I had heard about Who Decides? before I became involved in the exhibition, so I was very eager to find out more. After working with the public opinion cards, speaking to the people involved in the museum and doing some short interviews, I created an animation that I thought would best reflect the aims of exhibition and the feedback it had received.

I am passionate about art and against the idea that art and museums are ‘elitist’ or should be for the ‘privileged’ rather than the majority, so I wanted to focus on this issue in the video.

Working with the Wallich

The exhibition itself was incredibly eye opening for me; the museum had decided to work with the charity The Wallich to involve people with experience of homlessness in the process of designing and creating the exhibit and gives the public the chance to choose some of the artwork on display. I haven't seen an exhibition that has ever taken this kind of approach, so I found it intriguing to see how others reacted to the idea.

I hope this refreshing approach to curation will be an archetype for future exhibits and museums because it challenges what we usually connote with galleries and exhibits and hopefully encourages more people to visit exhibitions and museums.

Who Decides? is on show at National Museum Cardiff until 2 September 2018. You can also contribute to Who Decides? by voting for your favourite work to be ‘released’ from the store and placed on public display.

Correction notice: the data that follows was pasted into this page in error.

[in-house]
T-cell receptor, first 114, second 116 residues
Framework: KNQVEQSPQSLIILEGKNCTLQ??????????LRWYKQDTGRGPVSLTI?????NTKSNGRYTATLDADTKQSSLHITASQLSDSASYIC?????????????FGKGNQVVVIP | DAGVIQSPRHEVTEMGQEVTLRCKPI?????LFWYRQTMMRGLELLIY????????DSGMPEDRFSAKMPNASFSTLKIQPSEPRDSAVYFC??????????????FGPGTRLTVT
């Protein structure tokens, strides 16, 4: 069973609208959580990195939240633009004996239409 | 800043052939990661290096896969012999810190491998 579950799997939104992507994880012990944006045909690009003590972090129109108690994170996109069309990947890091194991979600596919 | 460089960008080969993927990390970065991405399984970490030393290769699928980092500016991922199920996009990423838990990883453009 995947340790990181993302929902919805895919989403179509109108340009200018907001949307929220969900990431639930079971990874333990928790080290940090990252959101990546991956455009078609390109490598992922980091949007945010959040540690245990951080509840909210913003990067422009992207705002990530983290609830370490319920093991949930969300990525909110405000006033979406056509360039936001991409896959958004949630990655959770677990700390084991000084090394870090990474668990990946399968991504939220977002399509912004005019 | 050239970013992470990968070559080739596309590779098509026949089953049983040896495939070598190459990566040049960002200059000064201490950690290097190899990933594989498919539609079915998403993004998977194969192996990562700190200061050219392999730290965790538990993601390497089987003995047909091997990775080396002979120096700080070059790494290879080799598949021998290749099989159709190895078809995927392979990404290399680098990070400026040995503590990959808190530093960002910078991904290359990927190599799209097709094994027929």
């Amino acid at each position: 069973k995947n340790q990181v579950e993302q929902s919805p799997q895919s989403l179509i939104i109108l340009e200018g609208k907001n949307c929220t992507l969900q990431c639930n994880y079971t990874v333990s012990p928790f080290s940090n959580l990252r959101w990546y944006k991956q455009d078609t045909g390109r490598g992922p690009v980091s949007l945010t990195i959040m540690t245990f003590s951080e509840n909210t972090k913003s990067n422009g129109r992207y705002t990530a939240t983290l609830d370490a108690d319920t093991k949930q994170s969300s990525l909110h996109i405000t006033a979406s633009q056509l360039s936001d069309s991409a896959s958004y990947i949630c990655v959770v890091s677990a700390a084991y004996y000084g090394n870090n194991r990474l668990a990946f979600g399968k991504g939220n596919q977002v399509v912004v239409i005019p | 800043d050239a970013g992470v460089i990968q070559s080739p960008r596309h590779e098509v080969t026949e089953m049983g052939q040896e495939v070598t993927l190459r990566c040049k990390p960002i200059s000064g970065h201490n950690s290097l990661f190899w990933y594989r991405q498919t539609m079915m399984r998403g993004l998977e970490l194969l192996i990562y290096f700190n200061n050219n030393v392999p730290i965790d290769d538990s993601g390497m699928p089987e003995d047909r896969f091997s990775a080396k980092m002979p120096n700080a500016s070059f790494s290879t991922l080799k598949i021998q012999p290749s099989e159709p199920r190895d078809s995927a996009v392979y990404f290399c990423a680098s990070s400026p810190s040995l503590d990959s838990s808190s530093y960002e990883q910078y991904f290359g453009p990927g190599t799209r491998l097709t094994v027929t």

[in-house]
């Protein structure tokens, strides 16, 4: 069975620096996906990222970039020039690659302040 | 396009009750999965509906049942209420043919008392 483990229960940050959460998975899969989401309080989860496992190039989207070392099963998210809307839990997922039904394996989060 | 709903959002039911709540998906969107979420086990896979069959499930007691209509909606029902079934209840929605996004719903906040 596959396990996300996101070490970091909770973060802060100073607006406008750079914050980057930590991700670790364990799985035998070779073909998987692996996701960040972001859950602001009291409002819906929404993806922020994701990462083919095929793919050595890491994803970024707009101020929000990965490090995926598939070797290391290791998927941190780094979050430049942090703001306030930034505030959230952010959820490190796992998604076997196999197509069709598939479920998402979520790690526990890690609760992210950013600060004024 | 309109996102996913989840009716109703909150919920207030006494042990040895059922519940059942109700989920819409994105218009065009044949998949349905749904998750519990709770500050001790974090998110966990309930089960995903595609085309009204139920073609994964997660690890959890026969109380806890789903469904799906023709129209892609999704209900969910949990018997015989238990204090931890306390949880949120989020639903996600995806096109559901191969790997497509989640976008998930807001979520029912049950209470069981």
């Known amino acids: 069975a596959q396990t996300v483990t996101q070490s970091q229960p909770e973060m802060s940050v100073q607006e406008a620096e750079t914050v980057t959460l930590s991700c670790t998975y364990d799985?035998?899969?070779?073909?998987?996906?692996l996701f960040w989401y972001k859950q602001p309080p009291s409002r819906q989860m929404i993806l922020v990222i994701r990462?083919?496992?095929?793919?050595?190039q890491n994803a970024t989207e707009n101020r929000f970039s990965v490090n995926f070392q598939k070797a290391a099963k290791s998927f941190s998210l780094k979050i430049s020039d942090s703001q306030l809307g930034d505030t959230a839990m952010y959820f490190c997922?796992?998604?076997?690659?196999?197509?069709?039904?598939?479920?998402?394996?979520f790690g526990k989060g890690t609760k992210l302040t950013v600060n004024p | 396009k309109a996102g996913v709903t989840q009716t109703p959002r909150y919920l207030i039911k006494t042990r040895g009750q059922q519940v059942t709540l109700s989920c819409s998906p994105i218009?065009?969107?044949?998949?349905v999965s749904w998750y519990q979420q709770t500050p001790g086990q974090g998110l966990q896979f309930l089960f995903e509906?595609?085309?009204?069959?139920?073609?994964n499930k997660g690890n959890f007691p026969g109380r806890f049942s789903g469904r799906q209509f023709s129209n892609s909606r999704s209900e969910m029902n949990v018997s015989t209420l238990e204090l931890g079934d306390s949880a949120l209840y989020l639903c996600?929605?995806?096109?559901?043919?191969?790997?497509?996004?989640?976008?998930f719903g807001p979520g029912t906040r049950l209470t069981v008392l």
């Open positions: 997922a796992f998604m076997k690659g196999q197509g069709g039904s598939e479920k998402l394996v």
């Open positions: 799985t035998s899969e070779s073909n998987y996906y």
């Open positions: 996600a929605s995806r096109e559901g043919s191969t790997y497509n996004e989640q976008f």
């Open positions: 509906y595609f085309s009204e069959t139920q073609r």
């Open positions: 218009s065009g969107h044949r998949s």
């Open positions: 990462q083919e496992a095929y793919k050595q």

Part 2, Working with our community partners.

 

Powysland Museum is working with the National Museum’s Saving Treasures; Telling Stories on an Archaeological Jewellery project.

In this update we hear from some of their community partners.

Welshpool Camera Club

The club has around 40 members of all abilities, from pros, advanced, to amateurs, who all ‘club together’ to ensure members’ photographic skills are challenged regardless of technical ability. They look at mastering camera techniques through hands on experience and invite speakers to give presentations.

With many of the archaeological jewellery pieces in Powysland Museum’s project being small, with delicate decoration, it was obvious that the project needed the expertise of good photographers to capture the details and refinement of the pieces.

Powysland Museum was therefore delighted when the Camera Club agreed to be one of the project’s community engagement partners.

The club’s members have got up close and personal with some of the objects and have taken some great close-ups, which have fed into the museum’s work with the other community engagement partners.

Welshpool Young Carers